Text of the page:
Finkenauer, 32, became the second-youngest woman ever elected to Congress when she won during the Democratic wave of 2018. But she was defeated two years later in one of the most closely watched congressional races in the country as Republicans rolled back many of Democrats’ earlier gains.
An early endorser of President Joe Biden and the daughter of a welder and public school teacher, Finkenauer emphasized the working class and those being "left behind" in her Senate announcement video.
Finkenauer told the Des Moines Register that the Jan. 6 attack on the Capitol helped convince her to run and in her video laid blame at the feet of Republicans like Grassley for not protecting democracy.
“The politicians who have been there for decades don’t really want people like us there. They think they own democracy, and they were silent when it was attacked,” she said in the video. “It’s politicians like Sen. Grassley and Mitch McConnell who should know better but are so obsessed with power they oppose anything that moves us forward.”
Grassley, 87, hasn't said whether he’ll seek an eighth term in the Senate, but he would be the heavy favorite in a state former President Donald Trump won twice and which Grassley has represented in Washington for over 45 years.
He raised $625,000 in the last quarter, a relatively modest sum for a Senate incumbent heading into an election year, but has more than $2.5 million banked away.
In a statement, a spokeswoman for the National Republican Senatorial Committee, Katharine Cooksey, framed Finkenauer as too liberal for the state.
"Abby Finkenauer and her far-left positions are indistinguishable from those of Bernie Sanders, AOC, and the socialist squad, so it’s not surprising Iowans fired her just last year," she said.
So far, Finkenauer is the highest-profile Democrat in the race. Rep. Cindy Axne, the only Democrat left in Iowa’s four-member congressional delegation, hasn't ruled out a bid, and former county supervisor Dave Muhlbauer is the other Democrat running right now.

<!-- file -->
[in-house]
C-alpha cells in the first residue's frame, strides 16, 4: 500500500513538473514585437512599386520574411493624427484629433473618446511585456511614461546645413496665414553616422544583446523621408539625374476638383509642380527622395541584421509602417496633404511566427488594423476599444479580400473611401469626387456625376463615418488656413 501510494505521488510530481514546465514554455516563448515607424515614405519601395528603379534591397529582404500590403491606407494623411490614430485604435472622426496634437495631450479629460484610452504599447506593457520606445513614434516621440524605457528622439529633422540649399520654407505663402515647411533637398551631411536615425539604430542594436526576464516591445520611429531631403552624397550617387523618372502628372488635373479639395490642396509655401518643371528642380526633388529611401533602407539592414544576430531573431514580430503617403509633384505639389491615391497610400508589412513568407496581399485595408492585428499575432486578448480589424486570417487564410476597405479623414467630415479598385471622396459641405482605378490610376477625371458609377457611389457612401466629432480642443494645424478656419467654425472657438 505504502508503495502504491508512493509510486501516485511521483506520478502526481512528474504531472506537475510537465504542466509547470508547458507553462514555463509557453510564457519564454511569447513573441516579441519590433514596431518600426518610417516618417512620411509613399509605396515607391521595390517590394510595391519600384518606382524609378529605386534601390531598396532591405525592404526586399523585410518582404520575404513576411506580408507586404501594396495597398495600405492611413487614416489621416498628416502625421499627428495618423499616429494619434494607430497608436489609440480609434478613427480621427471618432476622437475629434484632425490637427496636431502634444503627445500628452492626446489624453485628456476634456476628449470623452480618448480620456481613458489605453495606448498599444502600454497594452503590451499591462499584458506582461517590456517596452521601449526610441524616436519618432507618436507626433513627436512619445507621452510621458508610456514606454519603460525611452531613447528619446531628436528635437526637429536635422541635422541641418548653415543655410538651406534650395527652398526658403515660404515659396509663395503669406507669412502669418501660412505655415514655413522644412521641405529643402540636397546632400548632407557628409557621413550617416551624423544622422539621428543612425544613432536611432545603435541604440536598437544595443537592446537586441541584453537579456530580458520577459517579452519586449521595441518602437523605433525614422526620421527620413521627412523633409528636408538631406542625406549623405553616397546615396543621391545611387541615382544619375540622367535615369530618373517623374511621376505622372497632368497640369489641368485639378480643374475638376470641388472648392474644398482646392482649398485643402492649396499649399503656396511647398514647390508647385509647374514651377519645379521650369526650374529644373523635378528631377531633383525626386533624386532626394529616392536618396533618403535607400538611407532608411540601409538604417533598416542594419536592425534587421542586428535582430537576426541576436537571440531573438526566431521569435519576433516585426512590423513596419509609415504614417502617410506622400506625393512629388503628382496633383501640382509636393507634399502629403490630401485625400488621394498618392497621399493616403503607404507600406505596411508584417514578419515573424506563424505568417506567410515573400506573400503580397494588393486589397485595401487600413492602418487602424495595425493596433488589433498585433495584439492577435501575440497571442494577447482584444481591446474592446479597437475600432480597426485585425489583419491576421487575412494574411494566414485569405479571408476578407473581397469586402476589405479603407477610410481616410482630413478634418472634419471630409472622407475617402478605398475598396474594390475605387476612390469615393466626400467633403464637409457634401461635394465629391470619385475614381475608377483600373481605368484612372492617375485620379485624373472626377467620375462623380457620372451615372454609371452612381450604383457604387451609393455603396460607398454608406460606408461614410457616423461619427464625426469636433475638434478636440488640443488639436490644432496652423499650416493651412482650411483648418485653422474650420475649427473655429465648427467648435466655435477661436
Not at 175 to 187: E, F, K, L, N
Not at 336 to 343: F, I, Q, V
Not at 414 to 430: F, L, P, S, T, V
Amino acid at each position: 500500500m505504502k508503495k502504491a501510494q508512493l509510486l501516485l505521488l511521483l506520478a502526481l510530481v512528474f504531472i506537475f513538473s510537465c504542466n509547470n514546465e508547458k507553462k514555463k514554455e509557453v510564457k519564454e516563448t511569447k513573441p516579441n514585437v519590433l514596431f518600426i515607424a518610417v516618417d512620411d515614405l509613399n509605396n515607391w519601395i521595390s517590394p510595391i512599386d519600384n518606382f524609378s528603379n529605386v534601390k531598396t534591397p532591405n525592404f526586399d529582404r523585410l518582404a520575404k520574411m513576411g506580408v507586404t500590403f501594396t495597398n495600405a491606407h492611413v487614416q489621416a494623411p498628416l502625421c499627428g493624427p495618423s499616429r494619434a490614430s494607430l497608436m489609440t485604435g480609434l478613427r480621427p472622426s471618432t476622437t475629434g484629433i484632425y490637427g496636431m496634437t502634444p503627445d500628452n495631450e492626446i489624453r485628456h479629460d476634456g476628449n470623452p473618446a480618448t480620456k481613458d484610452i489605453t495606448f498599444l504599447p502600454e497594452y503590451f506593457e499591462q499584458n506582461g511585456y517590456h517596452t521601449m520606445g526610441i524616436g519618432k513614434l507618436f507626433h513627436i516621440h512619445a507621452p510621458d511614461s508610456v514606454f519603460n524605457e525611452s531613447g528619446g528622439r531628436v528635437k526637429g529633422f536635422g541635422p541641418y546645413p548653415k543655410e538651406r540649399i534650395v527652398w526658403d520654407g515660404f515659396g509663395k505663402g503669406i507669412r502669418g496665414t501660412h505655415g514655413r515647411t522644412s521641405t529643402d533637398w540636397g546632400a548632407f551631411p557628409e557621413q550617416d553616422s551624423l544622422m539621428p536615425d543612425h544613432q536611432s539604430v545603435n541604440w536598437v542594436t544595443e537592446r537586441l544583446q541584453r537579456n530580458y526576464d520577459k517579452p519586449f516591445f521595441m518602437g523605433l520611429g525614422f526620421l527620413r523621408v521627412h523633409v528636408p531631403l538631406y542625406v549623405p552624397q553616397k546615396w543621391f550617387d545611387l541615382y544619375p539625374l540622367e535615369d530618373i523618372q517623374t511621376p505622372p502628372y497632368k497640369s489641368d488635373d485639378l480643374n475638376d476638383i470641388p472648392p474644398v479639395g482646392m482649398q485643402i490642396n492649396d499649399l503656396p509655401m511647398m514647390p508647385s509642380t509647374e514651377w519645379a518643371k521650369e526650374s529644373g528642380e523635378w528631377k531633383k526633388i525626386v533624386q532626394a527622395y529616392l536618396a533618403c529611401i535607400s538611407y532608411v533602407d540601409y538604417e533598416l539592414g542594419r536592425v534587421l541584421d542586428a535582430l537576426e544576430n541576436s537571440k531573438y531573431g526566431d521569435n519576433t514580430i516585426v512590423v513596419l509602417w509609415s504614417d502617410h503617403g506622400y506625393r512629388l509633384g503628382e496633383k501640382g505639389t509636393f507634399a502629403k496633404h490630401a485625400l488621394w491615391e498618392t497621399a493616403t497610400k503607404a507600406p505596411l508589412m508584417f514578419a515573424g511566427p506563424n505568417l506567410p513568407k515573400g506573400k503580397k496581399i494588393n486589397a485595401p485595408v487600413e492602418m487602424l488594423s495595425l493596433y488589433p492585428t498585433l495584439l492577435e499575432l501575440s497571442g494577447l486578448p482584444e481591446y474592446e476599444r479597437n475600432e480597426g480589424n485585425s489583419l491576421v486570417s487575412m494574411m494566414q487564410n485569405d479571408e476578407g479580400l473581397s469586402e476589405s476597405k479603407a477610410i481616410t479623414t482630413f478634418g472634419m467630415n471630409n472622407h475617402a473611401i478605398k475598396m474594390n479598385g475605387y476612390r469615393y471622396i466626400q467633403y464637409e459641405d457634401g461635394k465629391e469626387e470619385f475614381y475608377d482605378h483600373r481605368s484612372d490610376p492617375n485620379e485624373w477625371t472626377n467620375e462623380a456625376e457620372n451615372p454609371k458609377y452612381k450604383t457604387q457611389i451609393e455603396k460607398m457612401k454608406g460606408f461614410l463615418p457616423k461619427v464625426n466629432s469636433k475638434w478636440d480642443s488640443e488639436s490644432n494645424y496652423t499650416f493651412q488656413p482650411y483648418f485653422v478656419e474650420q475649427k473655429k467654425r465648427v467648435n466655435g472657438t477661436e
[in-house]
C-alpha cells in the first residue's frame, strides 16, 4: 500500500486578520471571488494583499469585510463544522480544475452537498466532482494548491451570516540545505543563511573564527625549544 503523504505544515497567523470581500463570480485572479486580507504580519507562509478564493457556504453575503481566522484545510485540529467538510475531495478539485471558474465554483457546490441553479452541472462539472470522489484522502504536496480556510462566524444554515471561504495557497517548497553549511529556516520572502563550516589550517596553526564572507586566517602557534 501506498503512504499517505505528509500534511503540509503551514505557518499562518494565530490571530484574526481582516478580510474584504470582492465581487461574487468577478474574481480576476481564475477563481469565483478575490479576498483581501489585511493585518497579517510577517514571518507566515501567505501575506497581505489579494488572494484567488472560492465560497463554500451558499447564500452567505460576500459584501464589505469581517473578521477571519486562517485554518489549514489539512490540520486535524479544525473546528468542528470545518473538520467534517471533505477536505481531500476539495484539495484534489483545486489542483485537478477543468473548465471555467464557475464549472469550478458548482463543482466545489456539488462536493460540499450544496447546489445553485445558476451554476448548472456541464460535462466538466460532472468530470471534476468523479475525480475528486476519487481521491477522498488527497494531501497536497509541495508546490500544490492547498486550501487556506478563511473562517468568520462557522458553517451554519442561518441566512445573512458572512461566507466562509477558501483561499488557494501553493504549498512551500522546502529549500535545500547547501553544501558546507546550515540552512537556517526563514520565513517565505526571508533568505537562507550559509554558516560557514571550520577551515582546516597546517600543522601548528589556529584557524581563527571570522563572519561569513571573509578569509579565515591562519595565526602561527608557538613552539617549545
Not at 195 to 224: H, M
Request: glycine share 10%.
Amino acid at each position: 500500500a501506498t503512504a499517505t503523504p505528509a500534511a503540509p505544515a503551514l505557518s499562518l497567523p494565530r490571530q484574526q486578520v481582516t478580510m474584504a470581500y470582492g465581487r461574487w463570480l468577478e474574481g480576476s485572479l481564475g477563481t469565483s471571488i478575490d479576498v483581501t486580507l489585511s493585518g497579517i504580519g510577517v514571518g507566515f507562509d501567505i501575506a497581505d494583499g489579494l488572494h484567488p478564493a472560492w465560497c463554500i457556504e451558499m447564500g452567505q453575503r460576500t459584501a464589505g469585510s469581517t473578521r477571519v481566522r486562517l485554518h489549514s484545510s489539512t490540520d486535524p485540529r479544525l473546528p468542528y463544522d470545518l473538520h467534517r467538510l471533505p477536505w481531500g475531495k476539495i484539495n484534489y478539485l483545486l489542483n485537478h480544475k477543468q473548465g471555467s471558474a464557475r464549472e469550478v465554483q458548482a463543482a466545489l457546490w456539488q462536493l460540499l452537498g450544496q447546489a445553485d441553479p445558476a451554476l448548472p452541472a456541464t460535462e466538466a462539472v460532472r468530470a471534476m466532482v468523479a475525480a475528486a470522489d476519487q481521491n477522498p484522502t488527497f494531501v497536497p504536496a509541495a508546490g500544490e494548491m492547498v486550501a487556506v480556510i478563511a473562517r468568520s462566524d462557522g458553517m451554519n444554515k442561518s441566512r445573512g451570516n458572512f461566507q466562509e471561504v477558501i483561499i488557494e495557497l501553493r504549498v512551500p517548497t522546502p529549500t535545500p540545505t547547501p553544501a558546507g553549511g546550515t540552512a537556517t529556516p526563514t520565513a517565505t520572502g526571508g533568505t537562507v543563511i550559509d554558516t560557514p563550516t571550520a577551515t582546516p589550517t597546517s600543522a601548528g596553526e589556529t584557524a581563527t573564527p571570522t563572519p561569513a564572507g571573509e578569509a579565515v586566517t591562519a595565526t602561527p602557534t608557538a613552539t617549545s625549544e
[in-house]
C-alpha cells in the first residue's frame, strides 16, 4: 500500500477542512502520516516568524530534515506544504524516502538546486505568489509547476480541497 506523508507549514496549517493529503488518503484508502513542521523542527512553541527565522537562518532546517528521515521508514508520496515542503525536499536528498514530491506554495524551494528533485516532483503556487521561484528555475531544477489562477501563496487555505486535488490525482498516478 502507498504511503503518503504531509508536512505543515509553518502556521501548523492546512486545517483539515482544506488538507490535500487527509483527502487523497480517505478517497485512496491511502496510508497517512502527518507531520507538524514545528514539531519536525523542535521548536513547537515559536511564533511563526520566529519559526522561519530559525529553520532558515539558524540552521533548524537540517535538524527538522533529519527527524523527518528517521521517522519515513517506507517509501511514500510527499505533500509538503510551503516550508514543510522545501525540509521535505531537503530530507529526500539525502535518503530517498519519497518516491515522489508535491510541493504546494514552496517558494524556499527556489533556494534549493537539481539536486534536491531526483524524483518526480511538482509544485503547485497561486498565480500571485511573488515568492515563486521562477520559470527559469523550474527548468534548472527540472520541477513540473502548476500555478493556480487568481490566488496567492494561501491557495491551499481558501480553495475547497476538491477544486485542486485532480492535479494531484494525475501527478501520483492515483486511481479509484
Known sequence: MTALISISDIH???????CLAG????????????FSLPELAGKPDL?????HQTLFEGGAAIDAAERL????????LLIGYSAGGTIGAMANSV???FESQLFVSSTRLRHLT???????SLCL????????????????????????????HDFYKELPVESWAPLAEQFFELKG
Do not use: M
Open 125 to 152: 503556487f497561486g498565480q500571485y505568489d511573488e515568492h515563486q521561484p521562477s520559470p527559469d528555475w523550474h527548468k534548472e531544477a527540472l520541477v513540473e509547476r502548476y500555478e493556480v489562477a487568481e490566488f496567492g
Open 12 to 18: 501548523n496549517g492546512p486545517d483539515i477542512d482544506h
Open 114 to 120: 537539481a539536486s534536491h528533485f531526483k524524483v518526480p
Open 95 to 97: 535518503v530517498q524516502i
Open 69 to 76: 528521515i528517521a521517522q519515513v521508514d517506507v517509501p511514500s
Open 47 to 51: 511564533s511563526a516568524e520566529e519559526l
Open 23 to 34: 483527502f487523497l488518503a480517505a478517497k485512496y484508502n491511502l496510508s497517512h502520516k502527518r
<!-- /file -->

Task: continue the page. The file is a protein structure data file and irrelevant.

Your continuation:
Finkenauer hails from Dubuque County, part of a stretch of working-class Iowa counties along the Mississippi River that were once reliably Democratic but saw some of the biggest swings to the right in the country under Trump.
Former President Barack Obama won Iowa twice and carried Dubuque County by more than 20 percentage points in 2008, but Trump beat both Hillary Clinton and Biden, who was the first Democrat to win the presidency since Franklin Delano Roosevelt without carrying Dubuque County.
"The fate of Finkenauer as a candidate rests on whether or not Grassley runs," said Jessica Taylor, an analyst with the nonpartisan Cook Political Report. "This is a Republican seat at its heart. And someone with such long ties to the state that’s been re-elected easily like Grassley would be the clear favorite."
Iowa’s other senator, Republican Joni Ernst, won re-election last year 52 percent to 45 percent, despite being vastly outspent by her Democratic opponent, Theresa Greenfield, who also had more support from super PACs and outside groups.
Still, Finkenauer proved to be a prodigious fundraiser during her two congressional races and built a national profile, which could help make the race competitive and force national Republicans to divert resources to Iowa.
"Democrats have much better targets on the board to keep and expand on their majority than Iowa," Taylor added.
The Senate is currently split 50-50, with Vice President Kamala Harris casting the decisive vote for Democrats, meaning a swing of even a single seat could have enormous consequences in the 2022 midterms.